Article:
It was for this moment. This single day, when he would master another Sword by striking down the Harlot of Satan before the eyes of every Grayson in the star system. And when she fell, when God's will was made evident to every eye, her death would also nullify Mayhew's sentence of death, for under the Protector's own precious Constitution, a steadholder's victory protected him forever from any aspect of the decree for which he'd cried challenge!


Benjamin Mayhew gazed down at Burdette's triumphant face, and his heart was cold within him while he cursed his own stupidity. He should have considered this possibility, should have allowed for it, but no one had claimed challenge right in over three hundred years! It was a throwback to barbarism, but he should have expected it, for this man was a barbarian.


His right hand fisted at his side, and his eyes went bleak and cold. In that moment, he wanted nothing in the universe as much as he wanted William Fitzclarence dead on the Chamber floor. Yet whatever he wanted, he also knew Honor had slept for less than three hours in the fifty since her pinnace went down, that she had four broken ribs quick heal had only begun to repair, and that under her clothing she was covered with brutal bruises. She was running on adrenaline and stim tabs, and he had no idea how she could show so little sign of fatigue or physical pain as she stood proudly erect before the Keys, but he knew she was in no fit state to meet a man with Burdette's sword skill. Even if she'd been fresh and unhurt, she'd first touched even a practice blade barely a year before, while Burdette had advanced to the planetary quarterfinals no less than three times, and the rogue steadholder would never settle for first blood. He meant to kill her, and the odds were overwhelming that he could.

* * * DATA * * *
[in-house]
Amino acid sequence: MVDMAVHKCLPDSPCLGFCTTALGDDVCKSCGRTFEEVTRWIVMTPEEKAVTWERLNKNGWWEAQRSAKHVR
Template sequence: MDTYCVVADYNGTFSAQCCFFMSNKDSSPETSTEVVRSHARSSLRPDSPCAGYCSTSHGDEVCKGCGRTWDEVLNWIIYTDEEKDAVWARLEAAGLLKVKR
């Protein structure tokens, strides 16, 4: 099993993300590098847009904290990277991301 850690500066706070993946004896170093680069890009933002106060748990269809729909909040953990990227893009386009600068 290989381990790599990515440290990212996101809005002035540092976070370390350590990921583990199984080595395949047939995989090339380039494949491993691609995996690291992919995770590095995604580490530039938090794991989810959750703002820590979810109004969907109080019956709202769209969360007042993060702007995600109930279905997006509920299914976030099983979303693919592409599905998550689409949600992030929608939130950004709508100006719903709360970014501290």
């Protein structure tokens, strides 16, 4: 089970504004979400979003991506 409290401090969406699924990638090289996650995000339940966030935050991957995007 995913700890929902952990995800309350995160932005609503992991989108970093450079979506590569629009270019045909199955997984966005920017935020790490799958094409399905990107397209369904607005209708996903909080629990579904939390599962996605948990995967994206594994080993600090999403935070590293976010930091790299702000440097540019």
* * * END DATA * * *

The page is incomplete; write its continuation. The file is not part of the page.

He could renounce his own decree, Benjamin thought, and in the renunciation accept his Champion's defeat without exposing Honor to Burdette's blade, but the entire population of Yeltsin's Star was watching. The blow to the Protectorship's power and prestige would be severe, and if the people of Grayson thought he'd surrendered because Honor was afraid to face Burdette—


But then he looked down at Honor, at her waiting eyes—calm and still, despite Burdette's challenge and her own pain—and knew he had no choice. Legally, it made no difference if the Protector accepted defeat or his Champion was slain. In either case, his decree was nullified, and Benjamin Mayhew had no right to ask this woman he owed so much to throw away her life on the threadbare chance that she might, somehow, defeat an opponent with thirty times her experience.


"My Lady, I know of your injuries," he said, and pitched his voice so that it carried to every ear and microphone. He was determined that everyone watching should know he'd surrendered only because of her injuries, and not because he'd ever doubted her courage. "I do not believe you are physically fit to accept this man's challenge in my defense, and so—"